Exacerbating the risk of pollution reaching the Buffalo National Park is the local geology, referred to as Karst Topography. This limestone rich subsurface is laced with caves, sinkholes, and underground streams that could rapidly transport wastes to the river.

Cave demonstrating Karst Topography of the region

Cave demonstrating Karst Topography of the region

Regardless of weather and geologic conditions the nutrients such as Nitrogen and Phosphorous will pollute the Buffalo, leading to increased algal growth.

Funding for the factory farm was aided by loan guarantees from the Farm Services Agency and the Small Business Administration. Four environmental groups are suing the United States Department of Agriculture which oversees the agencies that provided the loan guarantees. They are the Buffalo River Watershed Alliance, the Ozark Society, the Arkansas Canoe Club and the National Parks Conservation Association. Earth Justice is the law firm representing the coalition of the four groups.

Sea Level Rise

Global warming is the result of somewhat complex atmospheric dynamics which can result in a warmer planet, stronger storms, both floods and droughts, political instability and elevated sea levels. Probably the simplest of these outcomes to understand is sea level rise. If it gets warmer ice melts to water and drains into the oceans, raising the global water level. Additionally as the oceans warm, the warmer water takes up more space and adds to sea level rise.

Those that deny the risks of global warming might say that melting icebergs or the melting of the north polar ice won’t change sea level and if that is all you consider, it is true. But there is much more ice trapped on land in the form of glaciers, the Greenland ice sheet and the vast Antarctic ice sheet. Enough in fact to raise the level of the seas eighty meters, or over two hundred and fifty feet.

A sea level rise of two hundred fifty feet would leave only Lady Liberty’s head above the New York Harbor. Only the tippy-tops of the skyscrapers in most coastal cities will be above water. The Atlantic coastal plain, South Florida, and the state of Louisiana will be fishing grounds.

This level of rising seas is the worst case scenario based on hundreds of years of unabated burning of fossil fuels, according the Intergovernmental Panel on Climate Change. So what about sea level rise in the near term, say within the twenty first century? There are people alive today who will see the turn of the next century. If the combustion of fossil fuels is not reined in, a modest projection is a two meter (over six feet) rise. If anything combustion of fossil fuels is accelerating due to advanced recovery techniques like horizontal drilling and fracturing.

The impact of a two meter rise in sea level varies from a minor nuisance to a catastrophe depending on location. Some islands in the South Pacific are already suffering from the one quarter of a meter rise over the past one hundred years or so.costal The combination of rising sea level and more severe storm surges due to global warming are causing coastal erosion. Increased salinity of the remaining soils which decreases agricultural productivity is as troublesome as the erosion.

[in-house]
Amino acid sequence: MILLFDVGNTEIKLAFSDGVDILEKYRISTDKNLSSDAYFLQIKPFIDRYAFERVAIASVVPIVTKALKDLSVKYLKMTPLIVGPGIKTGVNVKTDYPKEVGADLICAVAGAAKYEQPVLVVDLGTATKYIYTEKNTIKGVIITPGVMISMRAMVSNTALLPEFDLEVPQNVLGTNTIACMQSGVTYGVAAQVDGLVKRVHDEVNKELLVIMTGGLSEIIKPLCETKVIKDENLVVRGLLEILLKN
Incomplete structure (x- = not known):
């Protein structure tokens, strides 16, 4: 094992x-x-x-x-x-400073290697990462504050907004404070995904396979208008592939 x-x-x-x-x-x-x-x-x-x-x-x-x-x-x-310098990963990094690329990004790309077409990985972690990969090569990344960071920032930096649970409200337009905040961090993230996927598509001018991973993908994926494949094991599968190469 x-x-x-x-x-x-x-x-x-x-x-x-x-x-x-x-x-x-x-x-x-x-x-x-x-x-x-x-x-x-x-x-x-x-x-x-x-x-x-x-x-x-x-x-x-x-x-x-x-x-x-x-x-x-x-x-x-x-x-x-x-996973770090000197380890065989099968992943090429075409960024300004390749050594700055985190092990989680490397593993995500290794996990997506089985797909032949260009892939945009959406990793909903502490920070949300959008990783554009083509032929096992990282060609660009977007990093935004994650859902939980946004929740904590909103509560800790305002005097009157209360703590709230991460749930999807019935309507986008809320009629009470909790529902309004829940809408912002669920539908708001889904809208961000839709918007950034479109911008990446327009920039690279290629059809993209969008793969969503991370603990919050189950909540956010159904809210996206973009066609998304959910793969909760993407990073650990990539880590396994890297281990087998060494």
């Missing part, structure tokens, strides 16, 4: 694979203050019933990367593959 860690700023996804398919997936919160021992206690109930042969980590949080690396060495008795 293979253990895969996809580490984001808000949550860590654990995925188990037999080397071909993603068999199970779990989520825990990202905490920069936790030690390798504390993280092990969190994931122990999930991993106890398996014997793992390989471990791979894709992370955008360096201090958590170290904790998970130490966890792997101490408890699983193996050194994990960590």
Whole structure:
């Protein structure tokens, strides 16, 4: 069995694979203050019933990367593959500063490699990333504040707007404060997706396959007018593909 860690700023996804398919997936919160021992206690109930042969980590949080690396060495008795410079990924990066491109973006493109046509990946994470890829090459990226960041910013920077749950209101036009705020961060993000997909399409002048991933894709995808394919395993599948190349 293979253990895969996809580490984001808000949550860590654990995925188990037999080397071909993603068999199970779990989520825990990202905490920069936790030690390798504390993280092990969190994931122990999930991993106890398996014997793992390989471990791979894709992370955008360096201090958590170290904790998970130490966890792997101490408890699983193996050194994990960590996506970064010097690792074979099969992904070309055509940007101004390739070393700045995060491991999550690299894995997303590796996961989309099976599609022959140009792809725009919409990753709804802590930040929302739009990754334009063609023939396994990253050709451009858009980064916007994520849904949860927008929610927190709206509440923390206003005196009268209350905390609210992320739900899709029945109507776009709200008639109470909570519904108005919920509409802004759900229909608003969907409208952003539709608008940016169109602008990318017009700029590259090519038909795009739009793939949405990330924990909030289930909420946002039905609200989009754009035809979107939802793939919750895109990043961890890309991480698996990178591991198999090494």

The real catastrophe is the flooding of large coastal cities. Miami, New Orleans, and Tampa are three of those at greatest risk because most exist at sea level already, and are also sensitive to more flooding due to tropical storms and hurricanes. Estimates of fifty billion dollars per city per year may be necessary to prevent or mitigate damage due to flooding.

The most recent experience with severe coastal flooding was due to Hurricane Katrina. Economic losses to Louisiana and Mississippi are estimated to be over one hundred fifty billion dollars.
Our thrust for the cheapest energy up front may very well cost us a lot more when all the costs are accounted for. Solar, wind, and geothermal which don’t drive global warming are looking cheaper every day.

Global Warming, Fossil Fuels, Air Quality, and Health

Everybody wants to be healthy, and we go to considerable lengths to achieve the same. Preventive care, diet and exercise all contribute to good health. There are factors however which are beyond our individual capacity to control. Global warming is one of those things that we have to address collectively. It comes about due to the release of certain air pollutants. Reducing these pollutants will not only help mitigate the direct environmental damage but also improve our health.

Air pollution has been linked to several of the leading causes of death in the United States. Asthma, chronic bronchitis, emphysema, lung cancer, myocardial infarction, congestive heart failure, and stroke have all been shown to be linked in multiple peer reviewed articles in major medical journals. Even conditions as diverse as Type II diabetes and Alzheimer’s’ disease have shown correlations with air pollution levels.

Chronic exposure to gasses such as ozone and nitrogen oxides and fine particulate matter

particulate matter

particulate matter

cause an inflammatory reaction in sensitive tissues and contribute to poor health. The source of the pollutants is a result of our quest for the cheapest possible energy sources to power our lives. There is a deal with the devil in cheap energy sources, mostly fossil fuels. Burning coal and oil and to a lesser extent natural gas result in the production of these unhealthy pollutants.